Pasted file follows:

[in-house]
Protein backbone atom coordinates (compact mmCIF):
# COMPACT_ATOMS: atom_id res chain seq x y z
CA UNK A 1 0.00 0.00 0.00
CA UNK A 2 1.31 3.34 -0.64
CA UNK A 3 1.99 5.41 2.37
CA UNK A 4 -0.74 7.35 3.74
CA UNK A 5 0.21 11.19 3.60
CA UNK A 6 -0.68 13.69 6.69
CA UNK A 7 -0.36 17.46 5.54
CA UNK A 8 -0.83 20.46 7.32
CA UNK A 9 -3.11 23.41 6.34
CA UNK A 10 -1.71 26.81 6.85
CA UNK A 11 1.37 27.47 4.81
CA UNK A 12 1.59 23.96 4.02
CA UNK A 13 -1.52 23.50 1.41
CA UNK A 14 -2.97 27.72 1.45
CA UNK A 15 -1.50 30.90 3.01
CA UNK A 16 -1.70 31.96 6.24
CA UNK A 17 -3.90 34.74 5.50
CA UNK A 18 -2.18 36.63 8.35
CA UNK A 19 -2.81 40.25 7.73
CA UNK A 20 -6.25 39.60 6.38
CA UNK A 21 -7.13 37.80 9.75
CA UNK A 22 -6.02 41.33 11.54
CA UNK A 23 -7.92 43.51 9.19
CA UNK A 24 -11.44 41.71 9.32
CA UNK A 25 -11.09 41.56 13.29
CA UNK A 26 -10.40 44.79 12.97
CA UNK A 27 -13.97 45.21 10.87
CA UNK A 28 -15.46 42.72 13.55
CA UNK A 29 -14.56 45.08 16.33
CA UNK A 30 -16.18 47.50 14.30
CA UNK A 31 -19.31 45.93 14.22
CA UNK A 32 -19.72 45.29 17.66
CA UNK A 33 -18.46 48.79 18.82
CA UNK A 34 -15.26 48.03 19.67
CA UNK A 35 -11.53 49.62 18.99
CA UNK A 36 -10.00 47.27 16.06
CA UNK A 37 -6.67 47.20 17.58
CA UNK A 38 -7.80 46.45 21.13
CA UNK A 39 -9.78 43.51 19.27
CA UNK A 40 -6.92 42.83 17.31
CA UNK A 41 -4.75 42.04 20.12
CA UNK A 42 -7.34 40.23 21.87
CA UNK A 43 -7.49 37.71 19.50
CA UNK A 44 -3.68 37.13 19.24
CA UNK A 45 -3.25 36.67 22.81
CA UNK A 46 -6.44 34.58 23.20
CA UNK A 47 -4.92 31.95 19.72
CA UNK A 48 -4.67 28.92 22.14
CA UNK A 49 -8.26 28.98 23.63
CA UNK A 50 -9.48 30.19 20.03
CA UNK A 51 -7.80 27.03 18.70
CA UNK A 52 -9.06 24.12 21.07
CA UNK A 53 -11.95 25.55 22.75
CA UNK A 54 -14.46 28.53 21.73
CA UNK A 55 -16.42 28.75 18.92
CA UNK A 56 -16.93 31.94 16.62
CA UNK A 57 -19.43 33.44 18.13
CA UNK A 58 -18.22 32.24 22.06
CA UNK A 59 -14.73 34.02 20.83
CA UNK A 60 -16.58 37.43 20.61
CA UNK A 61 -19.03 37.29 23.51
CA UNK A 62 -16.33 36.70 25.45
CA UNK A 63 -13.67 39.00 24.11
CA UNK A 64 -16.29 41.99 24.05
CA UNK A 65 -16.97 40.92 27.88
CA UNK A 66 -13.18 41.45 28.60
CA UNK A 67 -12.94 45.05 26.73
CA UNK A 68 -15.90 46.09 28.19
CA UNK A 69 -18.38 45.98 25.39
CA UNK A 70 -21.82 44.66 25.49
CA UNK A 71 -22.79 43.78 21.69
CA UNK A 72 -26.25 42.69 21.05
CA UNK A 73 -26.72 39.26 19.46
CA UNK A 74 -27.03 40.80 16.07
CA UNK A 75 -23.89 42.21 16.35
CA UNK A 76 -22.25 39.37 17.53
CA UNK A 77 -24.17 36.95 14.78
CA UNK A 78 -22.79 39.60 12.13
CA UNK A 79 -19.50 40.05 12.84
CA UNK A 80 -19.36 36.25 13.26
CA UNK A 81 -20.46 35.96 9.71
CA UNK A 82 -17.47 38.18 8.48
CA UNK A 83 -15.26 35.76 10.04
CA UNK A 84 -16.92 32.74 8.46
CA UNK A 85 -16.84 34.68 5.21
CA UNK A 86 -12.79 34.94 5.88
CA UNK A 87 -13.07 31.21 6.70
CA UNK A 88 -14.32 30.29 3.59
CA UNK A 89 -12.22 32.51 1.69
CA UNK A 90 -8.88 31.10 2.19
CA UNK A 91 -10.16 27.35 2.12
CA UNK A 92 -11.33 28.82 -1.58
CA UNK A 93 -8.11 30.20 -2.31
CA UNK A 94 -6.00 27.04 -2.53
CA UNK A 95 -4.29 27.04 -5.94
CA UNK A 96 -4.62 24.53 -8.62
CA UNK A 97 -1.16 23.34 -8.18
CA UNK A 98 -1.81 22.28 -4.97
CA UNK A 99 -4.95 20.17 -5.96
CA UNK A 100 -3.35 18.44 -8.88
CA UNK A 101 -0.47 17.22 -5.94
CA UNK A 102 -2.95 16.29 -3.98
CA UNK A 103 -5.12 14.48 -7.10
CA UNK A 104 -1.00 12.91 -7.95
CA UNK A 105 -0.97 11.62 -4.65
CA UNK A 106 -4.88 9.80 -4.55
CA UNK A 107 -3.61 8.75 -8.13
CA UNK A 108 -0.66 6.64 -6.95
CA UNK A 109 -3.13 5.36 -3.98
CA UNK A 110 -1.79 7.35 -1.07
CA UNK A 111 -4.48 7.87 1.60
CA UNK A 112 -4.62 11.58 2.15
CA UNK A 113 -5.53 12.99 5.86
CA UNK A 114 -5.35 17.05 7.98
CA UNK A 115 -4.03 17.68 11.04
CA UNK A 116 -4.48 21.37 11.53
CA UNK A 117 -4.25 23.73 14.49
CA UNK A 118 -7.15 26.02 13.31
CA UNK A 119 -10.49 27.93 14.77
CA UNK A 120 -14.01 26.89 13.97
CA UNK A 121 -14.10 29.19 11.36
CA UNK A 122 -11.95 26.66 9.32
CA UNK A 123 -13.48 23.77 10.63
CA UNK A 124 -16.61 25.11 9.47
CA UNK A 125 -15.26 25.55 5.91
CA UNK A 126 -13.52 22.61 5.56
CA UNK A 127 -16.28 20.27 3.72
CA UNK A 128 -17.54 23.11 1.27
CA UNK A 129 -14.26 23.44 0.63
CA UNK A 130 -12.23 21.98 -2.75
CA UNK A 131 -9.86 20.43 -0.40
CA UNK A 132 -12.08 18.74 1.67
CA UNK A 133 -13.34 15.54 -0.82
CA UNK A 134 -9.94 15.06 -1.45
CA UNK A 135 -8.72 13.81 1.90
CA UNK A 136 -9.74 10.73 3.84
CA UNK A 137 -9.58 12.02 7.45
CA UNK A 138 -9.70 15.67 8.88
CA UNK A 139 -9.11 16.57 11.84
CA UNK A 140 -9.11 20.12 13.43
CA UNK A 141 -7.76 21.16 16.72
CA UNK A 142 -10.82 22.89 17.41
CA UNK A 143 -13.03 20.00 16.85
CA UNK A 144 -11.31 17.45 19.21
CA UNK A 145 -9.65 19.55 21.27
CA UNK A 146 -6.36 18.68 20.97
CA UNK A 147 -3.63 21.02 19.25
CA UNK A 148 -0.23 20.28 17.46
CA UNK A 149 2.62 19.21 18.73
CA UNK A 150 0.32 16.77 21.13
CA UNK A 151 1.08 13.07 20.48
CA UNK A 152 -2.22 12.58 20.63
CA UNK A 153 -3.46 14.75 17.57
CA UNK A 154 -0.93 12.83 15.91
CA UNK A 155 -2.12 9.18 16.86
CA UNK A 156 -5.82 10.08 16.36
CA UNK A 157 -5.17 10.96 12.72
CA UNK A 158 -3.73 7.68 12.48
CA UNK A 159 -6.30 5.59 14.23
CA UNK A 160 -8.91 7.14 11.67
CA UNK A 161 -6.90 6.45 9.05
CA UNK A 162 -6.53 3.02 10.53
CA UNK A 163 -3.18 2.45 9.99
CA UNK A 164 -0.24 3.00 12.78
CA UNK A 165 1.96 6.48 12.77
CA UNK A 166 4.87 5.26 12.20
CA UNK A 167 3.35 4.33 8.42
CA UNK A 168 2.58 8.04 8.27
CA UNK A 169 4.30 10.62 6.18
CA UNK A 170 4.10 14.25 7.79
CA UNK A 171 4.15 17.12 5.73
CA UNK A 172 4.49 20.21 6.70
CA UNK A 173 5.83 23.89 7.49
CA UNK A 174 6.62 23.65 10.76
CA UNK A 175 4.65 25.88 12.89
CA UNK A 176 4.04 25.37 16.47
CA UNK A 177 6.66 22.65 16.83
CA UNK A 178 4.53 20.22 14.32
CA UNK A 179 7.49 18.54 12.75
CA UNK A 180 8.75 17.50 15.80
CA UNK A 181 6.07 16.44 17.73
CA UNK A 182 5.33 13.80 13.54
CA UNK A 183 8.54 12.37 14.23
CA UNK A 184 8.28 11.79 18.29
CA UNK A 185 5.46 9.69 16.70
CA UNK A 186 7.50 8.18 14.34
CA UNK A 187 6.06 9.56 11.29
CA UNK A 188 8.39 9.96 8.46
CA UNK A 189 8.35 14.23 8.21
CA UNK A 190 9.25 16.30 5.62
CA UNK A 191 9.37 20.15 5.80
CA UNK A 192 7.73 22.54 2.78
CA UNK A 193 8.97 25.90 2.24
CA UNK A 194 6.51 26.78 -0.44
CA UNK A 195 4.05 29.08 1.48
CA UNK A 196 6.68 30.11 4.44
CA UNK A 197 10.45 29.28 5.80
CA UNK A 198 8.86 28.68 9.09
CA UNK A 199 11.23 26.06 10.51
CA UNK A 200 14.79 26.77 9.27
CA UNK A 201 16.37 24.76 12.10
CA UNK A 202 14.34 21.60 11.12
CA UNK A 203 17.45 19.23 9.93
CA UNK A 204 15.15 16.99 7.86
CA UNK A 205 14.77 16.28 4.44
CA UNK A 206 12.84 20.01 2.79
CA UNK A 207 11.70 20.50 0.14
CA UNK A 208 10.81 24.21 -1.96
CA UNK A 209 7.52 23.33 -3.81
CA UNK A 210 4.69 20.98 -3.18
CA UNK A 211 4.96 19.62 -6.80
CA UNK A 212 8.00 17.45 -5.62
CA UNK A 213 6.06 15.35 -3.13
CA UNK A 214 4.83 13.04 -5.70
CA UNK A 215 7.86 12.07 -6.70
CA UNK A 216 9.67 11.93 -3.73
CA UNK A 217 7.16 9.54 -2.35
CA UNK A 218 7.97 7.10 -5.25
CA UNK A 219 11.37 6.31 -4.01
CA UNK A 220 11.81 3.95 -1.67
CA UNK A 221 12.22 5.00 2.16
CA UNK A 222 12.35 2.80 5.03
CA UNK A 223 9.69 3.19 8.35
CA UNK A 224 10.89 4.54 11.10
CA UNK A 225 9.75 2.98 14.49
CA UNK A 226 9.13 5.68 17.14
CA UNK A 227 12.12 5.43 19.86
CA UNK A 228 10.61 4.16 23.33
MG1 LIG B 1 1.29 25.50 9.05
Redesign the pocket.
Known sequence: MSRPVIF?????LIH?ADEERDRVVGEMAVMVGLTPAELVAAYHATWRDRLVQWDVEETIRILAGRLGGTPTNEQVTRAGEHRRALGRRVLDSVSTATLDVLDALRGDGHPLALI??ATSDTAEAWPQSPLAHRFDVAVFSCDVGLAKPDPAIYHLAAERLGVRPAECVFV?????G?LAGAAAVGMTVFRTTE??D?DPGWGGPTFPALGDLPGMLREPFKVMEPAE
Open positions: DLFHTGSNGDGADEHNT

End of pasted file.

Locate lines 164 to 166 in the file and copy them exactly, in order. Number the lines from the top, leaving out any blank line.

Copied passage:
CA UNK A 161 -6.90 6.45 9.05
CA UNK A 162 -6.53 3.02 10.53
CA UNK A 163 -3.18 2.45 9.99